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I'd always planned on hanging the nets and then if needed, adding tensionsing stays. As you can see, they were needed! I had some left over H4 treated timber sleepers and some quick-set cement from lining my dam, so this didn't really cost me any extra $$. I did have some post-hole diggers, but I also had a neighbour with an excavator and an auger bit which we'd used to line the dam together - far easier to call in a favour than dig four post holes by hand!

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The sleepers were 2.4m long so I cut them in half for 1.2m lengths.

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I used 4 x bags of quick-set cement per hole, with Pete tamping the cement down and adding water as we went. I used a gal tensioning device with large eyes on both ends and affixed the end to the in-ground post with a gal coach screw.

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By twisting the middle part you pull the eyes closer (it's threaded) and provide tension. To attach the tensioning stays you run them from the top of the post, after loosening the net tension so the posts are vertical, through the eye, get it as tight as possible by hand, then twist the wire around itself and secure with a u-bolt.

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It took a couple of goes to get the tensioning method right as the posts had bending ideas of their own. I ended up climbing a ladder, reducing the net tension to 0, and then leaning my weight on the top of the post out towards the tensioning stays, whilst Pete and Chris or Mark secured the tensioning stay. We then cranked the tensioning stay tension up until the post was really leaning outwards, then tensioned the nets until the post was close to vertical and the net was not sagging much.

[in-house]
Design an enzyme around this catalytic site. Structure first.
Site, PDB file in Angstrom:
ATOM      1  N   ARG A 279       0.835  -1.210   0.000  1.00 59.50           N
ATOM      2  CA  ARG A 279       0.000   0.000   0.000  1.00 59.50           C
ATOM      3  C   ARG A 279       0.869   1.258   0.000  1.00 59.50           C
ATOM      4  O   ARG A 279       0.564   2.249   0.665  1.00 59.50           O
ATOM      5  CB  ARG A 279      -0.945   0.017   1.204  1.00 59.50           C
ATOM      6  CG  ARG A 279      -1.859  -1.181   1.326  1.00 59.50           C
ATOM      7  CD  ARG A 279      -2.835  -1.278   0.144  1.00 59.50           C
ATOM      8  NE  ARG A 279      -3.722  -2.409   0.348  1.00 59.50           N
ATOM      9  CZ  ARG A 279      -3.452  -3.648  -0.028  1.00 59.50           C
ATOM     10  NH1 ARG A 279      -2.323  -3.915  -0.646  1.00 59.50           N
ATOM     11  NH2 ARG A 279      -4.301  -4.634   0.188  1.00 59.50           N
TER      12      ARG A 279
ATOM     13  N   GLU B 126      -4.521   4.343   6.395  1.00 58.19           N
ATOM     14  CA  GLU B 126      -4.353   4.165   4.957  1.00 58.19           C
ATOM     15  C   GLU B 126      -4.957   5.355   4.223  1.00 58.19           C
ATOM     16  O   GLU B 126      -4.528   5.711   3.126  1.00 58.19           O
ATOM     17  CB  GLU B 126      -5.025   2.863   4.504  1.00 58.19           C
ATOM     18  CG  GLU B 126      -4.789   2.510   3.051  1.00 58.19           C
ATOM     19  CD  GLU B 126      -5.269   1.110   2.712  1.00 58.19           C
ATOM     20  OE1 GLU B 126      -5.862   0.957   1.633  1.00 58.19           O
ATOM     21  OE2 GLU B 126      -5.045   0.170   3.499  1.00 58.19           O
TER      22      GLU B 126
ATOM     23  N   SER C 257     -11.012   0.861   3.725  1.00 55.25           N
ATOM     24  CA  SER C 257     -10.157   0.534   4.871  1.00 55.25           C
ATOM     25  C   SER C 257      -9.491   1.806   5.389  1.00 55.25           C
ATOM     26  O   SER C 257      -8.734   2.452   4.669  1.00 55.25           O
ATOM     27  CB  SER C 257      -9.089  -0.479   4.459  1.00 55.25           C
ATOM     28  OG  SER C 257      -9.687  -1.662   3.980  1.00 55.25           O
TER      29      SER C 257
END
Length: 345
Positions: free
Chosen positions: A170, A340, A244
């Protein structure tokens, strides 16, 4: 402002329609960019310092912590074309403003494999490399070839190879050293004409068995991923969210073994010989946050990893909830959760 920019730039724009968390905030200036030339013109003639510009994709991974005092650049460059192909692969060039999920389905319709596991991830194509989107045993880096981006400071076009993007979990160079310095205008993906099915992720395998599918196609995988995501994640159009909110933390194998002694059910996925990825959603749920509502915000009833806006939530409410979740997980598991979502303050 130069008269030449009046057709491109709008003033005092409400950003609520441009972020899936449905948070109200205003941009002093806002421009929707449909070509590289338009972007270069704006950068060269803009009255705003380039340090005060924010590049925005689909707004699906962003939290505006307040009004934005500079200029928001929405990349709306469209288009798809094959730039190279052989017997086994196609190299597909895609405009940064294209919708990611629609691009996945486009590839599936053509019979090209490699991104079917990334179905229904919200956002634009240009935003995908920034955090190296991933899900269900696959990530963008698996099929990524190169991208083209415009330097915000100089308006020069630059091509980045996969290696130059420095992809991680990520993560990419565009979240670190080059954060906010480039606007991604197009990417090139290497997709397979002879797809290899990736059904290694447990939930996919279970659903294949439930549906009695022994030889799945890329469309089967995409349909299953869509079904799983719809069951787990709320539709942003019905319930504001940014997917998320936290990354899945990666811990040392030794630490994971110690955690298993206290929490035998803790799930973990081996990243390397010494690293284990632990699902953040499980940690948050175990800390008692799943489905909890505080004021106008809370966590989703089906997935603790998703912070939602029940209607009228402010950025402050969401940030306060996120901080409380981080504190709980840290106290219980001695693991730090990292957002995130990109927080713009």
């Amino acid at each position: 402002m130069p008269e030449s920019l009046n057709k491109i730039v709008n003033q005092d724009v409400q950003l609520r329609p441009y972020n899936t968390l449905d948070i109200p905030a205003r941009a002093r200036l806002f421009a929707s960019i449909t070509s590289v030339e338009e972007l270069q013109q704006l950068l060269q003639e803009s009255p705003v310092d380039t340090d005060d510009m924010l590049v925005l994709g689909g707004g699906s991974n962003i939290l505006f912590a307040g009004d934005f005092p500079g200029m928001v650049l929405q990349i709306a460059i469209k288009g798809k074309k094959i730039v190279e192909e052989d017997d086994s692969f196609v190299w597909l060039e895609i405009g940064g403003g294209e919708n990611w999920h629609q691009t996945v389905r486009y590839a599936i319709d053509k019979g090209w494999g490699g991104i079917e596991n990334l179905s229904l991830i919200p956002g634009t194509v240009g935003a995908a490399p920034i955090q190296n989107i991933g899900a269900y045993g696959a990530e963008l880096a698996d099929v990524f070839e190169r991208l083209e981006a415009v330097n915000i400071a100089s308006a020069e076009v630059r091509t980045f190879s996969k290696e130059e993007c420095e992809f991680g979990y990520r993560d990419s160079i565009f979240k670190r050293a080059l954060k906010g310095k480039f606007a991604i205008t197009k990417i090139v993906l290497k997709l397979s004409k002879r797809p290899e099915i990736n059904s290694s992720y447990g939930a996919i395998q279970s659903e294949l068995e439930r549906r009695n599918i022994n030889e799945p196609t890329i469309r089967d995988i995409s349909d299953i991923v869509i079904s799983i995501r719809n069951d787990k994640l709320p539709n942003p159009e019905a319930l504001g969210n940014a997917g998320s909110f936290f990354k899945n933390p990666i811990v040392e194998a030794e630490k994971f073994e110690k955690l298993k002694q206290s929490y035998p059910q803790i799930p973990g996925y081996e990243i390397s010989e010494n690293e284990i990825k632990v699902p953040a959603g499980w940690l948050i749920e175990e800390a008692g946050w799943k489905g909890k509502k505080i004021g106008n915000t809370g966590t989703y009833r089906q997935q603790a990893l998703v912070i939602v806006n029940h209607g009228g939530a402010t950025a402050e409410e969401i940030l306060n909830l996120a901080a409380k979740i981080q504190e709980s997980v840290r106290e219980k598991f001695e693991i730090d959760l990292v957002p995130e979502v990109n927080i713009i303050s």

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Clearly the further back you can run the tensioning stays - preferably until the stay angle is 45 degrees or so - the better, but I was precluded from doing so on one side due to the boundary location. With less horizontal component the tension had to be a lot higher to accomplish the same counter-tension to the net tension. For anyone else I suggest going at least as far back as the height of the post (4m) if you can.

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Although a lot better, it still was a bit difficult to bowl any slow spin balls with plenty of loop, due to the sag. I had messed up the calculations on sag, thinking it would be a function of the distance (span) squared and weight of the netting, but finally I checked with a couple of engineers and discovered the formula was a function of span cubed not squared - hence a sag of ~3 feet when I had thought 6 inches would be the amount!

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So I got another 3 gal posts and dug the post holes by hand this time. I used the same PVC sleeving as I had done with the post holes in the pitch, and poured a few more bags of quick-set cement. I finished by the light of the moon and ride-on mower as I was keen to finish before the boys came over the next day.

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With some strength and balancing technique, Chris Gray and I, and Pete Sharman and Mark Harvey, carefully manoeuvred the posts into the halfway holes. 

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I was then able to lift the net wires up by looping some more wire over the halfway crossar and with the same fence tensioning devices as I'd used for the net wires. This meant the height of the middle of the net wire was now the same as the ends - actually a bit higher - and the sag at the quarter and 3/4 lengths was only a few inches. With the middle of the net now > 3m high loopy spin and slower balls could be bowled no problem.